I saw suicidal teens whose lives became dramatically altered by their interactions with social networking sites. I heard how retirees coped with their social isolation by playing online solitaire, yet felt lonely and depressed. I met men whose relationships had broken down due to their use of internet pornography. And increasingly I met professionals who spent their working lives online, but were suffering from the tension and restlessness of incessant internet use.
Nowadays, it seems that everybody has their own technology compulsion. Many people question the existence of “Internet Addiction Disorder” as a formal clinical syndrome. But when I started researching this area it became apparent to me that whatever the terminology, the effects of internet overuse were becoming a huge public health problem and causing distress to millions of people of all types of backgrounds.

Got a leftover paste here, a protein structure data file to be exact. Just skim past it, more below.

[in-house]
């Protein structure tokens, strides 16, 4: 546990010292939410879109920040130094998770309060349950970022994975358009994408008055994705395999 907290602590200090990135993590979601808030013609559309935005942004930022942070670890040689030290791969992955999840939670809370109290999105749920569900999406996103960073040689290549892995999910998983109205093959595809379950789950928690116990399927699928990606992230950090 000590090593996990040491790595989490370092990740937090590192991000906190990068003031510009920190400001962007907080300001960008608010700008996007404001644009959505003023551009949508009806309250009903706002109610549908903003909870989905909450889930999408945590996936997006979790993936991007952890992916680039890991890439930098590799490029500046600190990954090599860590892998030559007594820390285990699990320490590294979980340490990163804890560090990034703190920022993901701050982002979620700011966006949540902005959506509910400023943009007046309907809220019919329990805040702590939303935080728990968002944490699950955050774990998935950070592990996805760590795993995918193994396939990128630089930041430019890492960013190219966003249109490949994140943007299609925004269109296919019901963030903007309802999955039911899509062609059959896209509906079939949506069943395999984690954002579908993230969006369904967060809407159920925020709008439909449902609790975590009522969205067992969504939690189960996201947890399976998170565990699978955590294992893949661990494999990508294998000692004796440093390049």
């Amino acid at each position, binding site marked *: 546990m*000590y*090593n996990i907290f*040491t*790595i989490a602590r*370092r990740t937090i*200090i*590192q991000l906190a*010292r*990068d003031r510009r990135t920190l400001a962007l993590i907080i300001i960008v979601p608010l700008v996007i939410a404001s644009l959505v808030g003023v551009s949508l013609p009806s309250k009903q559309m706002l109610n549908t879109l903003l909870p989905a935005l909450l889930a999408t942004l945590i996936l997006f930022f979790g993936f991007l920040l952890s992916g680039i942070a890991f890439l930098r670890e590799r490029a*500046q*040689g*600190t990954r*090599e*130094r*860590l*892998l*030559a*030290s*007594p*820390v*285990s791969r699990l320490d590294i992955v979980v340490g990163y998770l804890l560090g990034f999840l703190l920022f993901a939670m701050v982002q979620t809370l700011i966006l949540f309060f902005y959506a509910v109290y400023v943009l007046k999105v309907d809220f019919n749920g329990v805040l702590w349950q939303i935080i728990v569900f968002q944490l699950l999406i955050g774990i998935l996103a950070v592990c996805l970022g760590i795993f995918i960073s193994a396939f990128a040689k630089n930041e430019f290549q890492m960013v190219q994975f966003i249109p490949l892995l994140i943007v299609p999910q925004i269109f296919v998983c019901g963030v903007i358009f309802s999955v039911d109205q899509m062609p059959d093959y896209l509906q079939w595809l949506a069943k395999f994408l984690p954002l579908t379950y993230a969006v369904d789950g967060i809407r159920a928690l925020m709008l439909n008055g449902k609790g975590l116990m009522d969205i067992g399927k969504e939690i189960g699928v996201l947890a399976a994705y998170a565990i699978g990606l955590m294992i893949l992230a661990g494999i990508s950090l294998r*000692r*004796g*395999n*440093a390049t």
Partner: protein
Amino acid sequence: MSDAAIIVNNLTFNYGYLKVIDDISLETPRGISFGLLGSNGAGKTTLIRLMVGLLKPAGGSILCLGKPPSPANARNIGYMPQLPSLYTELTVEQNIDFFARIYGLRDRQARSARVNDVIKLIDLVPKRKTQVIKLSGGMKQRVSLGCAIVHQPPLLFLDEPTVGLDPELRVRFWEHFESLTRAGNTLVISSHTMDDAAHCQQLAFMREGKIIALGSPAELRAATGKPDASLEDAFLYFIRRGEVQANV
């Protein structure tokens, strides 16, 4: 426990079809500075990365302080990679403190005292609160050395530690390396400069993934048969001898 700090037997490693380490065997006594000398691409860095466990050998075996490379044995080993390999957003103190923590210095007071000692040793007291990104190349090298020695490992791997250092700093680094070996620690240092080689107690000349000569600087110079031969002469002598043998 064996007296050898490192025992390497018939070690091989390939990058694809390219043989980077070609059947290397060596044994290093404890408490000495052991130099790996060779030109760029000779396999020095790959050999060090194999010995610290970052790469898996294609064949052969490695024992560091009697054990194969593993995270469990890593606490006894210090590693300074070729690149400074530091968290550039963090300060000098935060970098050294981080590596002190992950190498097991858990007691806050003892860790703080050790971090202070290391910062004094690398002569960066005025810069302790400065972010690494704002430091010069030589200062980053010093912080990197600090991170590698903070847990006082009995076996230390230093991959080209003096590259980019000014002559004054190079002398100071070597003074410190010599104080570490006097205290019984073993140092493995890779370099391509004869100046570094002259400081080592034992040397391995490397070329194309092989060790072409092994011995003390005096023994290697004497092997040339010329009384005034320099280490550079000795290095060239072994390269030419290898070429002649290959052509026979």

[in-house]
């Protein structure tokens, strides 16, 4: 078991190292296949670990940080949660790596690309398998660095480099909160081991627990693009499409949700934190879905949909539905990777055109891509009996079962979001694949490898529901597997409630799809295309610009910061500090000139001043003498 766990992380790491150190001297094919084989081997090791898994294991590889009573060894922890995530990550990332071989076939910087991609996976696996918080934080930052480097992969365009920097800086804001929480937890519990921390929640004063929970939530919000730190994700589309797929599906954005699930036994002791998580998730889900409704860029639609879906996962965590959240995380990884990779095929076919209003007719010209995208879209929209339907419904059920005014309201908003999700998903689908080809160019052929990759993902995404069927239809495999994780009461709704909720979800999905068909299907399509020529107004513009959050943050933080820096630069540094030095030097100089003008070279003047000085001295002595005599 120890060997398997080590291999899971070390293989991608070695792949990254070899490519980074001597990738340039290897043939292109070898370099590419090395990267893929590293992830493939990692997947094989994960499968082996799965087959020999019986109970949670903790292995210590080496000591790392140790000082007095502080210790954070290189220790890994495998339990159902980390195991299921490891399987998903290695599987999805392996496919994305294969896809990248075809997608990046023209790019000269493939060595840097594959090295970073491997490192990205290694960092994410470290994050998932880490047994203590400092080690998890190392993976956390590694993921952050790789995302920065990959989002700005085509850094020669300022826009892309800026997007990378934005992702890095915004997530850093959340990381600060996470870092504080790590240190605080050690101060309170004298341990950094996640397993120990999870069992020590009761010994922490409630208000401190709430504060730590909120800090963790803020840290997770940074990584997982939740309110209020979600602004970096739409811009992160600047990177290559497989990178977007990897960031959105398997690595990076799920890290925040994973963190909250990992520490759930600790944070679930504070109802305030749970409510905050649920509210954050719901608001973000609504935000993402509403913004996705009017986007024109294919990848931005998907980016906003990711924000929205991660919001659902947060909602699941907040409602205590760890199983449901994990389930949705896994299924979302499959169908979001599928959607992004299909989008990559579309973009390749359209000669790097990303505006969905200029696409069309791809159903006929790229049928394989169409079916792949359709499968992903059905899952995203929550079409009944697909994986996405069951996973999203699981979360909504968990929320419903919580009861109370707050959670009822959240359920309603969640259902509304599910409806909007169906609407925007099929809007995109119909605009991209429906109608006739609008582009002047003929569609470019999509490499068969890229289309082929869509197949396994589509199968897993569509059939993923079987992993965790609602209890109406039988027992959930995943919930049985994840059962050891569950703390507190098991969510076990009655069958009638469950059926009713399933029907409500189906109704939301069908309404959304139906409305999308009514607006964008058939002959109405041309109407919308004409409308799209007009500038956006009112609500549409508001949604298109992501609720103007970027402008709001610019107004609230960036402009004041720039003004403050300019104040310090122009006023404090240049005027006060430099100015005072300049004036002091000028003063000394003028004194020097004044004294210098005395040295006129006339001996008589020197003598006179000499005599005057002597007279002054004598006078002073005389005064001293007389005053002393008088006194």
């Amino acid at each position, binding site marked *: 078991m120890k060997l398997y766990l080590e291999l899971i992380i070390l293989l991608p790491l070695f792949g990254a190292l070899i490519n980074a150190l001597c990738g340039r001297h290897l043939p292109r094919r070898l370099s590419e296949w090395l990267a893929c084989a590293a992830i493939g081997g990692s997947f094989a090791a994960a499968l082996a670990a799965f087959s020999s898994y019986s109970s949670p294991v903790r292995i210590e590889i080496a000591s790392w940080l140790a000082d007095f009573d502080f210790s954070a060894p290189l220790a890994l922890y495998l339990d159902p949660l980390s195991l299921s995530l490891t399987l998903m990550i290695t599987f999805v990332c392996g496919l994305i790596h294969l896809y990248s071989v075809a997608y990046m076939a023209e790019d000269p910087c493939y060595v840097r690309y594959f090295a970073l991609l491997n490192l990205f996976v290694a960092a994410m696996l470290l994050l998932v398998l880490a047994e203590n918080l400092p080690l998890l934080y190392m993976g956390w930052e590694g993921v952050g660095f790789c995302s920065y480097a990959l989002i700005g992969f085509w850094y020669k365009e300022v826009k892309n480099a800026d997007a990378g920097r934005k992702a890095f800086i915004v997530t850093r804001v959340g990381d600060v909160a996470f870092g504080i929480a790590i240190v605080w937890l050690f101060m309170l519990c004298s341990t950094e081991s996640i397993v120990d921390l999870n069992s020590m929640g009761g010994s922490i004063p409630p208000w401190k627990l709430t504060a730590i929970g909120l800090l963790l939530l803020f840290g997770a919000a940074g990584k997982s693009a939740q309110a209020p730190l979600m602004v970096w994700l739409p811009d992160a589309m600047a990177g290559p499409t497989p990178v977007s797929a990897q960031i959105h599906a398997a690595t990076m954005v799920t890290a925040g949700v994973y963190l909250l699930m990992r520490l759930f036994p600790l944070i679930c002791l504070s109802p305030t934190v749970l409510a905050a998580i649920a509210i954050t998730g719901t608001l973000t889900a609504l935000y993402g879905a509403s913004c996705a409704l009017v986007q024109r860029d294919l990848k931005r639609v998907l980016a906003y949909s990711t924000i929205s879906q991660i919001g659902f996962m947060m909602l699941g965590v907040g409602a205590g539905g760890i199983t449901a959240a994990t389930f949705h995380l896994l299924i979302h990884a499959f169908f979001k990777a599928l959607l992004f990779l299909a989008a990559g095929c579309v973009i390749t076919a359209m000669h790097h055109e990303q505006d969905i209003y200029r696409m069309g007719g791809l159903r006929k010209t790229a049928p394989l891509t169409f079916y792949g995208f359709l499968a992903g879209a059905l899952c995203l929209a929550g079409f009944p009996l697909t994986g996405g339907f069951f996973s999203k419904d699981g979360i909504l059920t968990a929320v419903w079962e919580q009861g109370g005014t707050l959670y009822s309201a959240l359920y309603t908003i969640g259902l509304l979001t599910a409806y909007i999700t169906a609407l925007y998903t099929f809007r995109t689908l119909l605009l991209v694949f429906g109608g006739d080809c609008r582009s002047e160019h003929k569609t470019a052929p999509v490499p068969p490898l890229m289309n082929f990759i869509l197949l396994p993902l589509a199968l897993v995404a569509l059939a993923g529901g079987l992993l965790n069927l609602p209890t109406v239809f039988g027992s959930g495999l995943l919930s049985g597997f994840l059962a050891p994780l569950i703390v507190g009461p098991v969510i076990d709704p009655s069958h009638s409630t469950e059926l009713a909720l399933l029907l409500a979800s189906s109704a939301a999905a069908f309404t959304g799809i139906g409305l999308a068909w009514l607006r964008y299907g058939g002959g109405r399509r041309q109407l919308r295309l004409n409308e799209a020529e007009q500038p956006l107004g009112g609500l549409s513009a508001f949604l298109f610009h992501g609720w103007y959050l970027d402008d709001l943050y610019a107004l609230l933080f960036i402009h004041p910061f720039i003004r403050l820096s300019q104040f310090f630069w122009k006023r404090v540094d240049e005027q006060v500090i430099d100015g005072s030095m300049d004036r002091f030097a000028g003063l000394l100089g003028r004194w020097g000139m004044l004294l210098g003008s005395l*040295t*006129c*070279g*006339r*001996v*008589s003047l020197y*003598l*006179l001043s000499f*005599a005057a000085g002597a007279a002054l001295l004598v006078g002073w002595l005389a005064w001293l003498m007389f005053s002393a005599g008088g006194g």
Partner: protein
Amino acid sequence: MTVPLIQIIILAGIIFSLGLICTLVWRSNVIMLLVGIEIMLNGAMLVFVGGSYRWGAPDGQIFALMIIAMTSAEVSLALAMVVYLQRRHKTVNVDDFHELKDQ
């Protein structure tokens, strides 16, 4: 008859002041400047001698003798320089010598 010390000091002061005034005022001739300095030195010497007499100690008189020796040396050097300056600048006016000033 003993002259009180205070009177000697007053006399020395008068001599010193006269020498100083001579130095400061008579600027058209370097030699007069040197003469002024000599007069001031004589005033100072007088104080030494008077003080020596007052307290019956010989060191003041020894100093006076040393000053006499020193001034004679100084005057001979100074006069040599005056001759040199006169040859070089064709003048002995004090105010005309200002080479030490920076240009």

On Yahoo answers, I found more than 5000 questions relating to internet addiction. I then tested my hypothesis that many people would like more help and advice, and the email newsletter I created was flooded with enquiries. Many people were tortured by the compulsive internet behaviors they developed while connected to their PCs , smartphones another digital devices.
So the purpose of this site is to provide impartial practical information, tips and resources; I hope it is of help.